In Brazil, International Women’s Day saw thousands of working-class women from rural parts of the country storm government offices against continued neoliberal austerity measures implemented by Michel Temer’s coup government.
Protesters marched in several cities, chanting and holding signs such as “We Are All Awake!” and “Against Capital and Agribusiness!”
The Brazilian ruling class justify harsh austerity measures by saying they’re crucial to escape a fiscal crisis and recession. But activists say pension reforms, such as raising the minimum retirement age for rural workers to 65 years, will disproportionately affect poor women.
"Rural workers live on the margins," said Sejane Alexandre, a protester in Tocantins State in central Brazil's agricultural belt, as reported by Reuters.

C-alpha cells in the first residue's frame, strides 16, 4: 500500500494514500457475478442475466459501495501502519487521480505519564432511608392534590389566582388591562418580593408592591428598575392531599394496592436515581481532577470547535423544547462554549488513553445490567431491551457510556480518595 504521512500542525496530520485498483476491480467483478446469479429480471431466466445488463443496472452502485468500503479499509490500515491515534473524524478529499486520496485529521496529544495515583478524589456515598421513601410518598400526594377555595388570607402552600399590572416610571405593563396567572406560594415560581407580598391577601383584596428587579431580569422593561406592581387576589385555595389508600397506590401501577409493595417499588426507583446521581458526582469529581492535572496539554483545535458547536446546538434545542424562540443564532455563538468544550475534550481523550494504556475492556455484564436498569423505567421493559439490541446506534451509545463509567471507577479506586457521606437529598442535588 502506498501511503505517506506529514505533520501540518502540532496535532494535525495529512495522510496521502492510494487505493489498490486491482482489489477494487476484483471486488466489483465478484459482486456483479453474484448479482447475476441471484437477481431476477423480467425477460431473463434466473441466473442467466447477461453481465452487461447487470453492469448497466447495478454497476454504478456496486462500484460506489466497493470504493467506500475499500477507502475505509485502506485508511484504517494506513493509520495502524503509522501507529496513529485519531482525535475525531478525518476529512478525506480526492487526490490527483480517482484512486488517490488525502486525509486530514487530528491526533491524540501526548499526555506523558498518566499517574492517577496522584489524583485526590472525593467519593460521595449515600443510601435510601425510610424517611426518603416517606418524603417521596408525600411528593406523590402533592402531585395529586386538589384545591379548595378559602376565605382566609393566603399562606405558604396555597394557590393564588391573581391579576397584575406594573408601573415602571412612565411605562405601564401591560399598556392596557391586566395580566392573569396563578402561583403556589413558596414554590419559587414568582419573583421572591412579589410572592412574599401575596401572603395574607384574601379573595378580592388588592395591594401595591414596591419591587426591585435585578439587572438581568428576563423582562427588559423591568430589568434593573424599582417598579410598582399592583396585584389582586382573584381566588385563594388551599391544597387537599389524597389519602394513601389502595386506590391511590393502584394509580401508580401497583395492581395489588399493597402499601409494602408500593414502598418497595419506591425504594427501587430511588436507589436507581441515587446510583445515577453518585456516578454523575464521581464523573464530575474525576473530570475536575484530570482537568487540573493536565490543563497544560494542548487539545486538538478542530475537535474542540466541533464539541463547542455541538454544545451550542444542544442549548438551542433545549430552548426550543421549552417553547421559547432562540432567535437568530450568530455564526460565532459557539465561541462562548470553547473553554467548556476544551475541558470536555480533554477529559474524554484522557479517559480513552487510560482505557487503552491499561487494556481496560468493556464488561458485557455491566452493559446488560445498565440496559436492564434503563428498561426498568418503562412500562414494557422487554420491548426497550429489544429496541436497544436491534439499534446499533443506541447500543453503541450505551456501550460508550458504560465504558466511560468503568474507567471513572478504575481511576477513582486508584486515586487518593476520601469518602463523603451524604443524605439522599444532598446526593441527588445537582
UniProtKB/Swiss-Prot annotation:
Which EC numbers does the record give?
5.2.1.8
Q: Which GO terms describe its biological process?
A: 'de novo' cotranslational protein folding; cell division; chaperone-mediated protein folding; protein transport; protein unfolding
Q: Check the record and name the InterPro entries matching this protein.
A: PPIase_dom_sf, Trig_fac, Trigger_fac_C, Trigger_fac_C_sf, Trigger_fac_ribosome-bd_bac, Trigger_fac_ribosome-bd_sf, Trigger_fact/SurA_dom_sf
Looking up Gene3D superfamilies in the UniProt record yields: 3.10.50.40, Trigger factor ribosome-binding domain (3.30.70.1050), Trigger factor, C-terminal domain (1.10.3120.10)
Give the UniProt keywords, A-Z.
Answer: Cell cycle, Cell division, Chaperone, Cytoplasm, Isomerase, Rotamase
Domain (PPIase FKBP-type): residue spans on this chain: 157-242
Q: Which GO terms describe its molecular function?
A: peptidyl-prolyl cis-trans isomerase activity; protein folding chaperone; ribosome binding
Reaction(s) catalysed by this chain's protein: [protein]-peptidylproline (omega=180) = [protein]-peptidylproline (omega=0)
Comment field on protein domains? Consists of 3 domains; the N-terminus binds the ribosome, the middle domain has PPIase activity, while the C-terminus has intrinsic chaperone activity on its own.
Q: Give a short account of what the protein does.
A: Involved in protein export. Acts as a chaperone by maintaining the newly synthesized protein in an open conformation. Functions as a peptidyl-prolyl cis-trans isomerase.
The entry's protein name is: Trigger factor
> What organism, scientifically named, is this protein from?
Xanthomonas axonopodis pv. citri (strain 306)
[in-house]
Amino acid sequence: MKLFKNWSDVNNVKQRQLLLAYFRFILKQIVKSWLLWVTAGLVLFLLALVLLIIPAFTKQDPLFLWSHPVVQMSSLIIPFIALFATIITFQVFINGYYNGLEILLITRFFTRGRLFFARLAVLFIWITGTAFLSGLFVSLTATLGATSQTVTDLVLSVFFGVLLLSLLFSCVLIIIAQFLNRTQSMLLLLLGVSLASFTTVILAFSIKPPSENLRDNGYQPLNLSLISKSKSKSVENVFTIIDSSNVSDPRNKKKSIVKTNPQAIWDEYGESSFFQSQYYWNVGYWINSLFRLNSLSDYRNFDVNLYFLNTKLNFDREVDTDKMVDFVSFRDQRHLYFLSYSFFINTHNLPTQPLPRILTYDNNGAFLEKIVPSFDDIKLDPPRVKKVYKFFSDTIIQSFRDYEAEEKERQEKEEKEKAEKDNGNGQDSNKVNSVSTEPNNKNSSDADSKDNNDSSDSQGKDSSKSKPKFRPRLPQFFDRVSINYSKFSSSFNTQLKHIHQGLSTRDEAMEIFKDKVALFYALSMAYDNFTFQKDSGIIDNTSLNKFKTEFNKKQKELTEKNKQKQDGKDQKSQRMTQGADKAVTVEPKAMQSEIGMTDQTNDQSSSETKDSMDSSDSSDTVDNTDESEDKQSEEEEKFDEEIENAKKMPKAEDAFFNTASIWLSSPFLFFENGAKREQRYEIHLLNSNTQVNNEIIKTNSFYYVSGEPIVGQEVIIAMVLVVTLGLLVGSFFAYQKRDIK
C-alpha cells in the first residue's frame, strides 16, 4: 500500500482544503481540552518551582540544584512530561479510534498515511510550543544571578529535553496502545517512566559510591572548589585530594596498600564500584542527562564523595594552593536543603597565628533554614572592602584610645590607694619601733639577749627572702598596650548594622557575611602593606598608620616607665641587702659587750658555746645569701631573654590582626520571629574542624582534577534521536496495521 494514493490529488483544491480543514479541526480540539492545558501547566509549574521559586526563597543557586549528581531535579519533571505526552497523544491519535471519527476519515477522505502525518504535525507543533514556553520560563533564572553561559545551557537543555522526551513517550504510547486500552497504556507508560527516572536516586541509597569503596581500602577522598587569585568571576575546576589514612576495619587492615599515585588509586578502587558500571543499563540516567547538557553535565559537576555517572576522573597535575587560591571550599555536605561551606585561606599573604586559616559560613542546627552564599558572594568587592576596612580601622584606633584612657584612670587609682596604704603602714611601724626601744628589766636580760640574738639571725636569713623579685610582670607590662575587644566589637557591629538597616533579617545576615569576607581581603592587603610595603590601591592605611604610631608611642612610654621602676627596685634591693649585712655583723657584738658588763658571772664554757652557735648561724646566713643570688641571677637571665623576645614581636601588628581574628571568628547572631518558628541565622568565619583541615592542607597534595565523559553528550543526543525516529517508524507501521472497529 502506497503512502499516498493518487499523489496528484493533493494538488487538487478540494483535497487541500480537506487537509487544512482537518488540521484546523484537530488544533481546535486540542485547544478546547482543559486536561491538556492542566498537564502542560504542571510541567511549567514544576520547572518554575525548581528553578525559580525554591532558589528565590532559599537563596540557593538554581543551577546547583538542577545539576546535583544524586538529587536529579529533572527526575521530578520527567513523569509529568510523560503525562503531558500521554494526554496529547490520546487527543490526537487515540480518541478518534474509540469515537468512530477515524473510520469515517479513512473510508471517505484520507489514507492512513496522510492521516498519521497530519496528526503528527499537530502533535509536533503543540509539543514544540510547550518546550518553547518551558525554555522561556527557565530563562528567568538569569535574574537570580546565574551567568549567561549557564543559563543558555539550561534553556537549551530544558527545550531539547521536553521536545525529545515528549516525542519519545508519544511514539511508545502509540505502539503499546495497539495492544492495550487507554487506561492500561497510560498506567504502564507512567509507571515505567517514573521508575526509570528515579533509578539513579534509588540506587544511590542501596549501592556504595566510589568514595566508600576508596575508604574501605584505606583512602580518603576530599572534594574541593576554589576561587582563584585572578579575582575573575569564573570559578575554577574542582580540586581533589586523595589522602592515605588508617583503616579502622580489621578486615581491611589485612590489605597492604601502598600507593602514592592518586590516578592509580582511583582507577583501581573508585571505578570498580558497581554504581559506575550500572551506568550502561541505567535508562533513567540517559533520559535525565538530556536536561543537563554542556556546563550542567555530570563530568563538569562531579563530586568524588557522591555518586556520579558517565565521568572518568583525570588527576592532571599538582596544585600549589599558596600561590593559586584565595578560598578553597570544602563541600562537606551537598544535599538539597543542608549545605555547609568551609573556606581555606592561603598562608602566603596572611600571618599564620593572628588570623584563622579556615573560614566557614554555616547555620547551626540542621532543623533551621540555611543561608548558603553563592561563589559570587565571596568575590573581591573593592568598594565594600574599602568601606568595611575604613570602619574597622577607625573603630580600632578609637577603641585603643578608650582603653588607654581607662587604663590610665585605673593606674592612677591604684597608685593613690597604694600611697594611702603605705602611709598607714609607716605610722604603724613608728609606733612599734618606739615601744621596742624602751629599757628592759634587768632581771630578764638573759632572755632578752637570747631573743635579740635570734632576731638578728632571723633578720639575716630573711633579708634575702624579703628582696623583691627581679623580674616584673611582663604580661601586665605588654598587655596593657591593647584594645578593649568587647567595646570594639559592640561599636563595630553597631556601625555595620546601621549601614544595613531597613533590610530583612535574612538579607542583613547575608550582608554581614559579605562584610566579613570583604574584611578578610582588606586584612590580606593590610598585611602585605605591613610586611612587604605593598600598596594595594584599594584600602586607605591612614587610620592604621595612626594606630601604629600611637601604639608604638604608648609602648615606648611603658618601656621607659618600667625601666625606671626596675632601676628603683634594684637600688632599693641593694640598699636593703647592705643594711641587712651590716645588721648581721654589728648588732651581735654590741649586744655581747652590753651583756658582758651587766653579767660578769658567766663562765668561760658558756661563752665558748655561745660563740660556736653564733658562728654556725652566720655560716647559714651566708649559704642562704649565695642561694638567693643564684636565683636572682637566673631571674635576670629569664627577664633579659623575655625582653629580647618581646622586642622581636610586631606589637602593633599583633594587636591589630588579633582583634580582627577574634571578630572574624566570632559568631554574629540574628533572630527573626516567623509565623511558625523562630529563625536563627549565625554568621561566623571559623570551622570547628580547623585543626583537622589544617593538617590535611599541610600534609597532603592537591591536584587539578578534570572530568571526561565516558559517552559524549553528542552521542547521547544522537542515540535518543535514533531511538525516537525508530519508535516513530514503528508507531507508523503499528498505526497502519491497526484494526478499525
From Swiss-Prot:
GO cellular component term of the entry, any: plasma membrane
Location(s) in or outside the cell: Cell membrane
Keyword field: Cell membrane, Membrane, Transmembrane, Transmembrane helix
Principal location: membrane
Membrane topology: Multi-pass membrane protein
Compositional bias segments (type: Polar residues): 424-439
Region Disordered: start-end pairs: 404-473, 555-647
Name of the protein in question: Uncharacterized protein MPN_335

"The rural worker does not have the same longevity and access to health care (as urban employees)," she said.
Farmers say they should be able to retire at a younger age than other workers because they are engaged in hard manual labor that feeds the urban population.
About 70 percent of the food consumed by Brazilians is produced by family farmers, according to the United Nations, but issues such as unequal land distribution and poor government services in rural areas are rife.
The Movimento dos Trabalhadores Rurais Sem Terra, or the Movement of Landless Rural Workers, was a key organizer of the marches. In Sao Paulo, nearly 500 women showed up in protest. Women also showed up to protest in other major cities around the country.